If only we had known, I'm sure fans would have supported Freddie, prayed for him and let him know how much we loved him
|I can't really add to the above except the only appearance was the 1990 BPI awards & even then most people thought "he just doesn't look right" & nothing further was seen from Freddie officially again apart from the videos.
If that happened now it would be all over the world in seconds & it would be extremely difficult to be in such high denial what with media exposure in this day & age
|Well, I was just a nine year old kid at the time and I do not remember when I saw The Days of Our Lives video first, but I do remember clips for Innuendo and Slightly Mad and thought they were scary. Being a kid, I thought Innuendo resembled some sort of a short horror movie and Slightly Mad was not less scary either, for the simple fact that the thin man in the wig looked like he was a living dead:( Sorry, describing it from a child's point of view. There was something very unsettling in the music too, it wasn't just the videos.|
|The day after Freddie died the BBC did a half hour special, introduced by a very tearful Elton John, the video was shown at the end and was both heartbreaking but cathartic. Apart from a brief appearance at the Brit awards earlier that year, (or was it the year before) I dont think anyone had really seen Freddie for a while.
He looked so ill, but he said his goodbyes and I cried my eyes out. I think I'd held on to my tears till then, but can't swear to it.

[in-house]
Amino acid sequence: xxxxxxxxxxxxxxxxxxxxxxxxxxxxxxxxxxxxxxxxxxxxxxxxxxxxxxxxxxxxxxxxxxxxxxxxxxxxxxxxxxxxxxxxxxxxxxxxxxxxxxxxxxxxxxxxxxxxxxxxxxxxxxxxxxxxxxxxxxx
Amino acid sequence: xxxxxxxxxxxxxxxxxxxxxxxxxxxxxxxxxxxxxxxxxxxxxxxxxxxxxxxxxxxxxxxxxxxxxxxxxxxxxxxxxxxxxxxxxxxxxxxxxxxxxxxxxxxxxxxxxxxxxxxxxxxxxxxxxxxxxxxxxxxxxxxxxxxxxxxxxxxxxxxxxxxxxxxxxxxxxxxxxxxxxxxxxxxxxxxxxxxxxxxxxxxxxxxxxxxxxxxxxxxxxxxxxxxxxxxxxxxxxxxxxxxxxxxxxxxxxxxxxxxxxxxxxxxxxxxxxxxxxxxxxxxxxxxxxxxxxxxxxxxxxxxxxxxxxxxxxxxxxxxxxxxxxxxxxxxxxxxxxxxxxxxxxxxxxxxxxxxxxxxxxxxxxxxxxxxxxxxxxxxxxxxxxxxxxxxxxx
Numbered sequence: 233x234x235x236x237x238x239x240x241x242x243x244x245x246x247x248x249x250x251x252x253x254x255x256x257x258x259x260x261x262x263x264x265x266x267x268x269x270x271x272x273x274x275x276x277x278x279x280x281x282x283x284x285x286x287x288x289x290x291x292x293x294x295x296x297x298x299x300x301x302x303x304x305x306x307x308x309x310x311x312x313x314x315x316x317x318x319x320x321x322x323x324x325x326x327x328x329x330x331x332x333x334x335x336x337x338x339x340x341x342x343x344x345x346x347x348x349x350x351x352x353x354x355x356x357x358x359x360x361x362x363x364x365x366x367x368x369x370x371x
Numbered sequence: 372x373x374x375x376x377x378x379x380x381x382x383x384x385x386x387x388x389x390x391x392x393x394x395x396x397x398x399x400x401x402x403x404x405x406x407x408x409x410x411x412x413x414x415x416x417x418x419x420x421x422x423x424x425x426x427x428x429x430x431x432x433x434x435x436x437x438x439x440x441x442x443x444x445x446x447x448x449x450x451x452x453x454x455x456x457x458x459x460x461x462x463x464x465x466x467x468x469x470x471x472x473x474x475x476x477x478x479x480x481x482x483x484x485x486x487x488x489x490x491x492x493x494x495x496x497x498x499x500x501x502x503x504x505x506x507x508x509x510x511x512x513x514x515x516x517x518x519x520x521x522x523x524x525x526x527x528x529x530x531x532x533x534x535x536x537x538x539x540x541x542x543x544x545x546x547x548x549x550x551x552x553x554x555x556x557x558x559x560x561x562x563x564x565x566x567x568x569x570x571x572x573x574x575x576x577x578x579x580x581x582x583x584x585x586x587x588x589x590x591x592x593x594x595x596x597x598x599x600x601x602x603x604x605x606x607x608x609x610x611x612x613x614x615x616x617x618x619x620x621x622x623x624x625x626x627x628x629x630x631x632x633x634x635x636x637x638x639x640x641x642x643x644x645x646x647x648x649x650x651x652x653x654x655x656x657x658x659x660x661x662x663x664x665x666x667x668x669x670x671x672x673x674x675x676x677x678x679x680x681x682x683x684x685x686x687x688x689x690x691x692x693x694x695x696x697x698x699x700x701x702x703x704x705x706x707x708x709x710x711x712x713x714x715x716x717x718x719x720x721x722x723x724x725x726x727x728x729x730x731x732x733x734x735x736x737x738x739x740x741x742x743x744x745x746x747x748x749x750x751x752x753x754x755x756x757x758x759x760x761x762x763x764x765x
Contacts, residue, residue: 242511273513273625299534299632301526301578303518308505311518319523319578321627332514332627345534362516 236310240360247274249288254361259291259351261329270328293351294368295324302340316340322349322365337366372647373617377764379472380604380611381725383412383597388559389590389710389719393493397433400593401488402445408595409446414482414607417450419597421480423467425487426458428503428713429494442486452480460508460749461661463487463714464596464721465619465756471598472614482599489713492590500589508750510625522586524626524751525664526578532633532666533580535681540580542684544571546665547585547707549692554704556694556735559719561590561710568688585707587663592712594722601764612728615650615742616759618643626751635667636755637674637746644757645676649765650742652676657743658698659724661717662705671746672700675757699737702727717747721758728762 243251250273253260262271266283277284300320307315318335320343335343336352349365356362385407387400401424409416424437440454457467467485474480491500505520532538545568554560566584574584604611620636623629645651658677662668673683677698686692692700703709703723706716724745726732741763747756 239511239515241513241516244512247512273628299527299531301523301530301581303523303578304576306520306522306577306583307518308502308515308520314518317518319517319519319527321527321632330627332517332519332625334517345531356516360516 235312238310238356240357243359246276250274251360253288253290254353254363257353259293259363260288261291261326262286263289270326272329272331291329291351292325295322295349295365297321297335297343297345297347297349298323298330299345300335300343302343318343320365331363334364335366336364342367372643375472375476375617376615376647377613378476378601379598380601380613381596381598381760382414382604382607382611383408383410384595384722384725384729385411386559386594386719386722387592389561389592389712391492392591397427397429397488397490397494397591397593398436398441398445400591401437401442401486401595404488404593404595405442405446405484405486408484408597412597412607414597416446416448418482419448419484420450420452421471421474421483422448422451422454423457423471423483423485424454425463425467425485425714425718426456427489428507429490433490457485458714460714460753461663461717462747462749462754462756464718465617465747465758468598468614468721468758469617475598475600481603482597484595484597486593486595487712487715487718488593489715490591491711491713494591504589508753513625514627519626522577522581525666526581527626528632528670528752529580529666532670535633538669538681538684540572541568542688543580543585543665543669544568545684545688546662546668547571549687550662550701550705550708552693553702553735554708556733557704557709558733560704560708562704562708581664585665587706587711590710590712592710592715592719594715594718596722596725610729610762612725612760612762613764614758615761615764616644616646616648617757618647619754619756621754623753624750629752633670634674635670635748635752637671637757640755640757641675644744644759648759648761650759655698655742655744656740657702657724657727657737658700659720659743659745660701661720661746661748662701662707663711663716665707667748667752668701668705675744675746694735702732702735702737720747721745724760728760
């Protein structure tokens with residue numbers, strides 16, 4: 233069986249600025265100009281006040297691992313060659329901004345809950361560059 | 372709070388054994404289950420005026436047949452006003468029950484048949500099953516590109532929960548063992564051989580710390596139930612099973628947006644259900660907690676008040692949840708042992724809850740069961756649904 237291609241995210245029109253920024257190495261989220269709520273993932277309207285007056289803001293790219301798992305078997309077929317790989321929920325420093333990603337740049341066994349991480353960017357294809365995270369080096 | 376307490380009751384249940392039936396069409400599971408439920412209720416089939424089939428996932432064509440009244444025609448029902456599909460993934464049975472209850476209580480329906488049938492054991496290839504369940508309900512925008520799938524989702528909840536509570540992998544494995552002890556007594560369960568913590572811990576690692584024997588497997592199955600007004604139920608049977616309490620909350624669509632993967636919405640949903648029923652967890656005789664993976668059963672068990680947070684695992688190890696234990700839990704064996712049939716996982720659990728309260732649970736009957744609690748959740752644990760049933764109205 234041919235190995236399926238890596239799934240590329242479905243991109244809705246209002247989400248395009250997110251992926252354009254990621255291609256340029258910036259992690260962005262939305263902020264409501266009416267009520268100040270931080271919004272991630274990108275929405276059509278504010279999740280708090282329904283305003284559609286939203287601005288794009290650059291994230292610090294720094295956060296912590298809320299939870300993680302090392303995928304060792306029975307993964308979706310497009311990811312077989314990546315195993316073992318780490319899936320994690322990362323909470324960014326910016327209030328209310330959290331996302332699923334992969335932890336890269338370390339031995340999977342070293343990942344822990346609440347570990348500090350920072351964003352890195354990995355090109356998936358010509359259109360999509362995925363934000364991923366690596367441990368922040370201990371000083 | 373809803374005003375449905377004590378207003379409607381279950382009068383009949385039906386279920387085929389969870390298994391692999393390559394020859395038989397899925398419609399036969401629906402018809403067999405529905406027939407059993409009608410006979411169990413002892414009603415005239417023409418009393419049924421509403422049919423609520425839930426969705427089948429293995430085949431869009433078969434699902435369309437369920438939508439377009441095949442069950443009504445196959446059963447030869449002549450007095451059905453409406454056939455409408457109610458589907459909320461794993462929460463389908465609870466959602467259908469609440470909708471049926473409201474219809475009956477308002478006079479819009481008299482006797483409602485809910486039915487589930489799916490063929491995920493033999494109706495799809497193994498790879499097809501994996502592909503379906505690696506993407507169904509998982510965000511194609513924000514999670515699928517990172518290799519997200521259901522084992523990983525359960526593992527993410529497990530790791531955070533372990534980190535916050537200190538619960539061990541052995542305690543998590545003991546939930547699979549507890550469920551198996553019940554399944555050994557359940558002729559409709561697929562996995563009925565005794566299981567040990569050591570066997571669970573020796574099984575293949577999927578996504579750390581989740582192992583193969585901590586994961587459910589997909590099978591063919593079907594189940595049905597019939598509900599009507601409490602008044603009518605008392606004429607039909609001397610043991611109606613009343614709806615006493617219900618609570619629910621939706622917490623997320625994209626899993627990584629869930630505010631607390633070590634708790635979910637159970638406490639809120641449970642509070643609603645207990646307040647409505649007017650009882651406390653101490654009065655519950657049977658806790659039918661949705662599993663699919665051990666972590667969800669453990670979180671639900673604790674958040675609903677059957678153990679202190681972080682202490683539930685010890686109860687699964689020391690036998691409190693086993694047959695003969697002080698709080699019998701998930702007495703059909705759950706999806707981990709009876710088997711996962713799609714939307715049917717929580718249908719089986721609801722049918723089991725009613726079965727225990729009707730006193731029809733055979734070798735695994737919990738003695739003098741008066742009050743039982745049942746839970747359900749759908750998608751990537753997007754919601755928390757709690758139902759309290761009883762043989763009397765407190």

That whole weekend is permanently etched in my memory. On the Saturday my heavily pregnant wife (with our first child) and I made a last minute decision to go and see Wimbledon play Liverpool after they mentioned tickets were still available on the Saint and Greavsie show.
(We lived near Windsor at the time). on the way back from a very dull 0-0, we were on the A34 listening to the news when they said that Freddie Mercury had announced he had AIDs. Big shock and the only topic of conversation that night.
On the Monay morning I was woken by Simon Mayo telling me Freddie Mercury had died, put on Breakfast television to find he'd died on the sunday and announced it on Sunday evening.
The Elton John hosted doc was on that night, straight after the news.
Graham in Ottawa
|As somebody mentioned above it was the Headlong video somewhat earlier that shocked me more.
By the time it came to the Days Of Our Lives Video it was more sad and upsetting to see him in that state than shocking.
|I dont remember the 1st time i saw it but obviously looking back, poor freddie looks awful so frail
back in 91 i was 15 and although i liked Queen i also like a load of other stuff but nothing stood out for me and it wasnt until a few years later that i really started to get into Queen music properly and became the obsessive i am now
|You are so right when you said a lot of us didn't know that Freddie was gay nor did we care. Freddie knew the stigmatism associated with the AIDS virus being perceived as an almost leprosy kind of hysteria so I can understand his not going public with it, we've come far both in understanding and medical breakthroughs but is it so sad it was like that then and too late for him.|
|great post ANAGRAMER.|
|Watching the video now makes me feel Freddies saying:
'Thanks for everything, and don't worry. It's allright! I'm ready for the big party upstaris (or donwstairs)'
The bravery of being filmed like this knowing how private he was still intrigues me to this day.
So i'm just generally impressed everytime I see it.